Three planets gave been spotted orbiting stars in the Messier 67 star cluster. This is the first observation of planets orbiting stars in a star cluster and could lead to new insights on planet formation and planetary systems.

Messier 67
The star cluster Messier 67 is located 2,500 light-years from Earth. ESO/Digitized Sky Survey 2

Astronomers used the European Southern Observatory’s High Accuracy Radial velocity Planet Searcher, HARPS, at the La Silla Observatory in Chile. Focusing on the star cluster Messier 67, located in the constellation of Cancer, approximately 2,500 light-years away from Earth, researchers picked 88 stars from the cluster and observed them for six years. Star clusters are groups of stars and come in two types; globular clusters feature older stars that are tightly packed together while open clusters feature younger stars. Messier 67 is classified as an open cluster, notes ESO. The researchers chose Messier 67 because the stars are similar to our sun.

The astronomers were looking for the wobble of a host star caused by the gravitational pull of an orbiting planet, known as the radial velocity method. The research was published in the journal Astronomy & Astrophysics and the study was led by Anna Brucalassi, from the Max Planck Institute of Extraterrestrial Physics.

Brucalassi said in a statement, “In the Messier 67 star cluster the stars are all about the same age and composition as the sun. This makes it a perfect laboratory to study how many planets form in such a crowded environment, and whether they form mostly around more massive or less massive stars.”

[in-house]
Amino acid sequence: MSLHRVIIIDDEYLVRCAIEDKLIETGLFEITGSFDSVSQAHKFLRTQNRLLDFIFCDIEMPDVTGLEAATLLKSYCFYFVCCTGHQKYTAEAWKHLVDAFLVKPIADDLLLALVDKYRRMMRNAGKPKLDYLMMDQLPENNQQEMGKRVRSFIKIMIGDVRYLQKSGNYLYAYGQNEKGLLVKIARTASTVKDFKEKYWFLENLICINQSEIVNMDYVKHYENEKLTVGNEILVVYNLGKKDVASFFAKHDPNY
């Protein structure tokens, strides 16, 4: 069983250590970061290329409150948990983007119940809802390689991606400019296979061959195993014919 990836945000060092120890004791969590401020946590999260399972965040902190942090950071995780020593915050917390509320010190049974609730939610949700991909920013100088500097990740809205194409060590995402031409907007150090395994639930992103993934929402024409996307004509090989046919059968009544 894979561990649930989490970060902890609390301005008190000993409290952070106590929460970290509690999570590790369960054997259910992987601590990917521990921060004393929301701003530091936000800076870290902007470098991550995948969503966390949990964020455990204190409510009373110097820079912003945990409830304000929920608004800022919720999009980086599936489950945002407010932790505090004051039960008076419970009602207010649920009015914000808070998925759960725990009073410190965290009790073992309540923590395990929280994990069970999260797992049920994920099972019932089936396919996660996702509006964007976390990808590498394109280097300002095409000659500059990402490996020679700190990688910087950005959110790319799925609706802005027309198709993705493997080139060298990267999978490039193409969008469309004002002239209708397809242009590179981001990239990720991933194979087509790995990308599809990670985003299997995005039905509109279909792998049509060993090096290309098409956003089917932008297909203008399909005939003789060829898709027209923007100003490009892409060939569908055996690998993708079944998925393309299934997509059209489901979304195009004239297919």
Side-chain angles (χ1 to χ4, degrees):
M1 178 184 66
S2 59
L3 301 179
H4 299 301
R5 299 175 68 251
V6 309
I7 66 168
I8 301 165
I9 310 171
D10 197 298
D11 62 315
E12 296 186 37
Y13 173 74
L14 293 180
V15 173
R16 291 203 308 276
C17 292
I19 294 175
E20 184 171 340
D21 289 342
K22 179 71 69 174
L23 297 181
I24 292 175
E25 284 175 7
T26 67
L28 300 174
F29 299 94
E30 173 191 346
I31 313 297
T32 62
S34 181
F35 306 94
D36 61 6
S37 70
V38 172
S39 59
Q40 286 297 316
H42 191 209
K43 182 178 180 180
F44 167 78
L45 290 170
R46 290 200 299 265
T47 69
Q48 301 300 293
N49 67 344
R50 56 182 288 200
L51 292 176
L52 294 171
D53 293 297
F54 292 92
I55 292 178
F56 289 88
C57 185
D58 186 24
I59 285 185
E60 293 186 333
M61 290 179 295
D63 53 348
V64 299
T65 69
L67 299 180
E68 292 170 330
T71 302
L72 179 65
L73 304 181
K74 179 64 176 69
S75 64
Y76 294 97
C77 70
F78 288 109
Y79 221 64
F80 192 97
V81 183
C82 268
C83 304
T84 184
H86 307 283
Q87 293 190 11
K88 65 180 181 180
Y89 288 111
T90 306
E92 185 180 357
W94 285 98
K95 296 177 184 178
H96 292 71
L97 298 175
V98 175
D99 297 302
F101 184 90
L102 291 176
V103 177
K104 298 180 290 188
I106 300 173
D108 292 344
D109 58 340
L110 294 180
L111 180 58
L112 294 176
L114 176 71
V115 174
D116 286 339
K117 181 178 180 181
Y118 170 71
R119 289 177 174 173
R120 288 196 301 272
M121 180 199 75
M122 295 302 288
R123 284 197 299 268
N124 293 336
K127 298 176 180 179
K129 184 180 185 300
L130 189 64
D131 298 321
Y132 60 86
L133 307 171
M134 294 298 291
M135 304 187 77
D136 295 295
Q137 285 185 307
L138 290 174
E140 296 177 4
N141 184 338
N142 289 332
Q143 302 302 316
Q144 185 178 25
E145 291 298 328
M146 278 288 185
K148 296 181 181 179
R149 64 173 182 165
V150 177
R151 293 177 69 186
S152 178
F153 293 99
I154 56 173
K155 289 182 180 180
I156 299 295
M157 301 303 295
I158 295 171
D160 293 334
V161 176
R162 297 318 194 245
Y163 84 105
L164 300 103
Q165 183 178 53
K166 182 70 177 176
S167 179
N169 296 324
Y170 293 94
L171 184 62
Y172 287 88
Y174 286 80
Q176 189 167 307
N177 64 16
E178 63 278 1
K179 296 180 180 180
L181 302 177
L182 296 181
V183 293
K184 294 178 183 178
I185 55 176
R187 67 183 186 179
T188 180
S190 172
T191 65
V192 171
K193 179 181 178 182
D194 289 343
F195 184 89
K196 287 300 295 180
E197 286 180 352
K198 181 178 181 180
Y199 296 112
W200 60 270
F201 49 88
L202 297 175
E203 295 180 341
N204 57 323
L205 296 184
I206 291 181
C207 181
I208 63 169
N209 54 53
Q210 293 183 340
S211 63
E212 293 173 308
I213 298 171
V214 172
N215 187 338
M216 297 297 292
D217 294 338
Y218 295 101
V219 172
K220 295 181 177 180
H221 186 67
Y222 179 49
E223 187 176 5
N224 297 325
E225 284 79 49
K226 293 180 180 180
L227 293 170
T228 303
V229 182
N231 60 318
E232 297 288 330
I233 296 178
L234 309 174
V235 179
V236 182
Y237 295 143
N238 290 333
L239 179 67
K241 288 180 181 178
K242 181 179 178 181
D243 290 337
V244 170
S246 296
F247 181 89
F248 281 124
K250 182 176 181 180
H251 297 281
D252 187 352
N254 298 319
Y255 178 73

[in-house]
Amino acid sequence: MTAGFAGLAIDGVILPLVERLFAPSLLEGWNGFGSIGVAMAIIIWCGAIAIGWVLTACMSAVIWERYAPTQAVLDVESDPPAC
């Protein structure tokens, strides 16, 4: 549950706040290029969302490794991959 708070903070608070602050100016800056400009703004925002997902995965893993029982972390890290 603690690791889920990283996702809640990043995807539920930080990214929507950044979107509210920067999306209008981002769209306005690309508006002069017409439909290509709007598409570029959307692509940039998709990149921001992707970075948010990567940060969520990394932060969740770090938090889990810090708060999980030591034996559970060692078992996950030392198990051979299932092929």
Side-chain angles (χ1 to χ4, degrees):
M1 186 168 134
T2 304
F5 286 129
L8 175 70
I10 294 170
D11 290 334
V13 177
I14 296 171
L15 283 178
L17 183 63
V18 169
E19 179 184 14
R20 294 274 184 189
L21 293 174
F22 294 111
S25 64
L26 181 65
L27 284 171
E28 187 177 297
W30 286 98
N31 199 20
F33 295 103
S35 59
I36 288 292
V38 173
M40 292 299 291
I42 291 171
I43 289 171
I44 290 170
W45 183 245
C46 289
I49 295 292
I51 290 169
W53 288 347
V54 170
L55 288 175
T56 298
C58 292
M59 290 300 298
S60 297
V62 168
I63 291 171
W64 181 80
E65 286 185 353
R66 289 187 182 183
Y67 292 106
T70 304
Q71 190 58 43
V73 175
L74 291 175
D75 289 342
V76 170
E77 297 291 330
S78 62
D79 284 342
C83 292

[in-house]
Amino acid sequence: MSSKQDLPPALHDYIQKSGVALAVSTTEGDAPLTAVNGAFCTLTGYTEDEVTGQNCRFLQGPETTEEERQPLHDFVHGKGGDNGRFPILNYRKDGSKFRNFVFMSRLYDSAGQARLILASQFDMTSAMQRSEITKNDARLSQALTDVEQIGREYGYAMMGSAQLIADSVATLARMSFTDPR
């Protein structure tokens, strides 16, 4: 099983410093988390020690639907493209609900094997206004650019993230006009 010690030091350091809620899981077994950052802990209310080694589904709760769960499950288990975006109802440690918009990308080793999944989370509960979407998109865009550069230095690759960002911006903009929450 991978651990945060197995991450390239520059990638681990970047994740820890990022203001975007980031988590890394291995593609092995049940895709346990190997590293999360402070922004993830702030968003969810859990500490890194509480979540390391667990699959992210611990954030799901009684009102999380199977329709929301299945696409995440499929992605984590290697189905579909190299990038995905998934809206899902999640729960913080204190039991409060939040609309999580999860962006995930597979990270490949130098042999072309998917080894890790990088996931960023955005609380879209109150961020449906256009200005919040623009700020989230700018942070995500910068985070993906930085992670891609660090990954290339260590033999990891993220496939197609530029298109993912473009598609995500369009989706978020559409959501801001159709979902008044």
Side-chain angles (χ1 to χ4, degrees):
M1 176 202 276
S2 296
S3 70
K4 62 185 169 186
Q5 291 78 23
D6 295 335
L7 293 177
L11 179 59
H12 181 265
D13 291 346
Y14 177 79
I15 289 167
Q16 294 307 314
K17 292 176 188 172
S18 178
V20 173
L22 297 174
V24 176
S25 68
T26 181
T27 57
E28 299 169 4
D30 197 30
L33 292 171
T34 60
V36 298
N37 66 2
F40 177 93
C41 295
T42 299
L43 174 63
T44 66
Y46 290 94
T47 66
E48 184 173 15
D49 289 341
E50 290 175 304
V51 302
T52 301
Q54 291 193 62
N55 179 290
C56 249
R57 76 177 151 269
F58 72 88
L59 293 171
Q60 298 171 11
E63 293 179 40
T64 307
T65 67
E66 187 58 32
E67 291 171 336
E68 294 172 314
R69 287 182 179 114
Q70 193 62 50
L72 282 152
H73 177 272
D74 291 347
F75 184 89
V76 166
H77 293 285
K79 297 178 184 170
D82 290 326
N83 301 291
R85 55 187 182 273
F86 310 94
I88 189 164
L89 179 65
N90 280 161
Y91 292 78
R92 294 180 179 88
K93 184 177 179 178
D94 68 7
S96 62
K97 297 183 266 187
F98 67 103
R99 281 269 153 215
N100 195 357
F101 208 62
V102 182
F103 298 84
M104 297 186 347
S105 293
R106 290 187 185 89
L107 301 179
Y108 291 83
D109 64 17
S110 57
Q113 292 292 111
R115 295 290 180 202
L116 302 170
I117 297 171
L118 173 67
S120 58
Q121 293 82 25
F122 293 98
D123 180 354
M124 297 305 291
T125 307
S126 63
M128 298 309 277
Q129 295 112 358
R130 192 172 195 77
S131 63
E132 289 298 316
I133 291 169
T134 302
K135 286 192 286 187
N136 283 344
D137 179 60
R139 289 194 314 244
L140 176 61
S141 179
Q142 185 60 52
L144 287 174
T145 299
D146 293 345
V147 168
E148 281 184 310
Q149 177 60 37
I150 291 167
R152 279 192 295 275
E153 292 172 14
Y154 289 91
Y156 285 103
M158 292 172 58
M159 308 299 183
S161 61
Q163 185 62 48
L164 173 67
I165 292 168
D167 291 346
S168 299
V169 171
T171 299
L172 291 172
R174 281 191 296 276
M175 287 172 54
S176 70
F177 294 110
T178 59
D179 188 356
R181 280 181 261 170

Exoplanet Orbiting Solar Twin
Artist's concept of one of the newly discovered planets orbiting its host star. ESO/L. Calçada

Of the three planets discovered by astronomers, two orbit “solar twins,” stars that are similar to the sun, and the third planet orbits a red giant star, reports ESO. One of the solar twins, YBP1194, is almost identical to the sun.

Two of the planets are considered “hot Jupiters” due to their size and proximity to their host star. A recent study revealed that gas giants tend to orbit closer to their host star, making Jupiter and Saturn in our solar system the exception rather than the rule as these gas giants orbit farther from the sun than other known gas giants. The third planet is more massive than Jupiter.

The planets orbit their host star in five, seven and 122 days, respectively, reports ESO. Unfortunately these exoplanets are not ideal candidates for life as they orbit too close to the host star and have surface temperatures that are too hot to support liquid water.

Based on the findings, the researchers conclude that exoplanets in star clusters are as common as planets orbiting isolated stars, says co-author Luca Pasquini, from ESO. The lack of planets within star clusters had led astronomers to believe the environment could affect the masses of dust disks, limiting the ability to form new planets.

Researchers will continue to observe Messier 67 to learn more about planet formation within open star clusters. A video detailing the discovery, courtesy of ESO, can be viewed below.